When Jared’s family was home for his mother’s funeral, they realized that with his mom not there and Jared getting ready to start student teaching, there would be no one to take care of “Grandpa”, who was needing more and more care. Grandpa ended up in an assissted living home near Ft. Worth, TX, and in April, Jared went to Ft. Worth to help his grandfather. He knew he had to be back in time to graduate from Millikin.
In May 2006, Jared received a B.S. Education, Social Science, English. Says Jared, “I thought that sounded three times more impressive than the degree I would’ve gotten had I passed student teaching: B.S. Elementary Education.”
That summer, good things began to happen for Jared, although he wasn’t sure of this at the time. Our friend John Schirle told Jared that another friend, Jeffery Gosnell, was looking for camp counselors for the summer… just in case he was looking for a job. So Jared worked that summer at Great Oaks camp in Lacon, IL. There, he learned how to act more naturally around school age kids and to constantly count the 12 of them and know what each of them were doing at all times.
At the end of the summer, Jared got his certificate to become a substitute teacher. John Schirle then told him about coming to work for me at Performance Development Network (PDN)as a facilitator for my Teambuilding Adventures operation. Says Jared, “Even if it wasn’t a living, it was fun and challenging work.”
Jared spent the next year substitute teaching and working with PDN. He spent some time in Arizona working for an uncle and after Arizona, Jared went back to Illinois to finish his student teaching. His dad had sold their house and moved in with his new wife. So Jared moved in with his brother who lives about five miles from the school where he would teach.
“By this time I was a very good teacher'” Jared professes. “I passed student teaching and got on the dean’s list at Millikin, and finished the school year substitute teaching and working for PDN.”
…All Predude to Miracle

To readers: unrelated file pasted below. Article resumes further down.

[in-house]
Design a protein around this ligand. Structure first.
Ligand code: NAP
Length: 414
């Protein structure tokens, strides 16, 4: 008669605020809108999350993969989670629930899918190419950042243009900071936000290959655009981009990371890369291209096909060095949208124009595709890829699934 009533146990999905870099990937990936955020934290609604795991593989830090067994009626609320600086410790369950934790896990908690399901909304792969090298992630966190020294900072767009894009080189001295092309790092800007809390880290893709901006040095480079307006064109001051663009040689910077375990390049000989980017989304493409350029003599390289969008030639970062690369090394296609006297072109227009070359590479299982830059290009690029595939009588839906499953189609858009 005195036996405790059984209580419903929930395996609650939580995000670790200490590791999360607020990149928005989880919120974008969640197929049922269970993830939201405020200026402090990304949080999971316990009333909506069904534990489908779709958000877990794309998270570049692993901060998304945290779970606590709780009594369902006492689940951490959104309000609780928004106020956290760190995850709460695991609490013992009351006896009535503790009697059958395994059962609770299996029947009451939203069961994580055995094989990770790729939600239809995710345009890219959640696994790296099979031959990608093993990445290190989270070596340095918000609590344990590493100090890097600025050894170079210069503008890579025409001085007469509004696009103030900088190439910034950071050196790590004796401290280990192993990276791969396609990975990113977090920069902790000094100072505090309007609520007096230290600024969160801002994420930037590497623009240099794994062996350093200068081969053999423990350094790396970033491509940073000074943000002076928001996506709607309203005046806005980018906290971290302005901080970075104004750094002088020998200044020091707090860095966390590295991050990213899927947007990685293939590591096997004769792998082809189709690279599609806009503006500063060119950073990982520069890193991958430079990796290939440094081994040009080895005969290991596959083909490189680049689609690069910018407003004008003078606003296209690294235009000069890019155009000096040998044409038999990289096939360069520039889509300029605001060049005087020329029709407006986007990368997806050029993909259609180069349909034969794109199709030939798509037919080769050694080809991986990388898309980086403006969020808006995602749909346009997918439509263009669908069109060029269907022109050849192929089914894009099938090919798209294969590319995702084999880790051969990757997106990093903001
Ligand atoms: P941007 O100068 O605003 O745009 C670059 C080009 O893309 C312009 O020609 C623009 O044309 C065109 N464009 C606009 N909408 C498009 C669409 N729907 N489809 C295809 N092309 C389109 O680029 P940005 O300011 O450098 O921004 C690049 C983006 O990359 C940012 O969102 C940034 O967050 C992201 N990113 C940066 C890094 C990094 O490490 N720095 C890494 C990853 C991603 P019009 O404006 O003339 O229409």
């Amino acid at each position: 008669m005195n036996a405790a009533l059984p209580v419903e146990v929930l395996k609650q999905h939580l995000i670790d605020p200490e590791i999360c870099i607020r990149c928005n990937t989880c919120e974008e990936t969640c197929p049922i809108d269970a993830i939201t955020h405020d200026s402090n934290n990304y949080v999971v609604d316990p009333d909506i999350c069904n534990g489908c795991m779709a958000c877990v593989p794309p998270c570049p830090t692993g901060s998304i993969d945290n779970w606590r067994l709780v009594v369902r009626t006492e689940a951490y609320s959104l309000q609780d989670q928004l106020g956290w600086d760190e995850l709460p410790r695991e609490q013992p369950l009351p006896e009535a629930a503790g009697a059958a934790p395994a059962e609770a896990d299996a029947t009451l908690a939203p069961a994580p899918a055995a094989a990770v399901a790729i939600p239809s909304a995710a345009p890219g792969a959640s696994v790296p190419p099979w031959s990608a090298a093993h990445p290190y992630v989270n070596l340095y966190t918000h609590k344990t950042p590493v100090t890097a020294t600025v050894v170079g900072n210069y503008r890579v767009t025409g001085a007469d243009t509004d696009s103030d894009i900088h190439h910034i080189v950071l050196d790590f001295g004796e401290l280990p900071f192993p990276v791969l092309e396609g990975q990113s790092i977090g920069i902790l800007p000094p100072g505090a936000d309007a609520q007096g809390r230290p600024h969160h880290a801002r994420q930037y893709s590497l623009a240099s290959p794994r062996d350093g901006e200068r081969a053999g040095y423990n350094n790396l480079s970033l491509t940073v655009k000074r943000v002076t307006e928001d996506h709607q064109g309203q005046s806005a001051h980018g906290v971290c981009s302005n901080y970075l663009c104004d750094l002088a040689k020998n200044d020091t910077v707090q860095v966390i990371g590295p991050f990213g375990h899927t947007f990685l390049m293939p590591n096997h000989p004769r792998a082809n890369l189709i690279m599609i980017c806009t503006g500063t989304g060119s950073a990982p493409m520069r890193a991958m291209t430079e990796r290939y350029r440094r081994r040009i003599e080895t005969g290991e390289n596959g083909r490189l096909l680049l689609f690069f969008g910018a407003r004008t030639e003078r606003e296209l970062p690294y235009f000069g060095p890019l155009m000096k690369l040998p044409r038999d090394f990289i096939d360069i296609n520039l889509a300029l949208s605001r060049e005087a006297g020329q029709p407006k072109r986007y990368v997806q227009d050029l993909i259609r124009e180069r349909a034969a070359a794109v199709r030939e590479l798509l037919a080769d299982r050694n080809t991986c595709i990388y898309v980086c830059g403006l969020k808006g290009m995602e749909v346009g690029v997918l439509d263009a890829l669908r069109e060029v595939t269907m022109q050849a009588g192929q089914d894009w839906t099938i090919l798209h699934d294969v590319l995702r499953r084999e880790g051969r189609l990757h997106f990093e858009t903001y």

Today, Jared sees it all as good. “I firmly believe that if my grandpa’s apartment hadn’t flooded, he might still live around here, but I wouldn’t have ended up in Texas for a spring and Arizona for a summer. If my aunt hadn’t died, she’d have some good stories, but I’d have several more traffic tickets than I do (and my uncle wouldn’t have his new wife and son). If my mom hadn’t died, I’d have passed student teaching the first time, but I’d still be a terrible teacher. I’d have learned the ways of an average teacher and would not have done anything new or exciting. It’s possible that I may have gotten a teaching job out of college, in which case I would never have learned the management techniques that I did at Great Oaks, nor would I have developed the constructivist style that I greatly improved upon at PDN.”
He continues, “It is nothing less than macabre to think to myself, ‘It’s a good thing that mom died’, but when I think about where my plans could’ve gotten me, I am glad that something -anything – stopped those plans from completion.”
Recognizing there is a plan of hope for us is necessary to discover our purpose and begin to make our own plans that fit with this purpose.
- How will your life be different when you know, with absolute certainty, that you have overcome failure?
- How can you turn your misfortune into good fortune?
- What must you do to begin living with peace even with the uncertainties of today’s world?
- How will you prepare yourself to recognize God’s plans for you in the midst of uncertainty?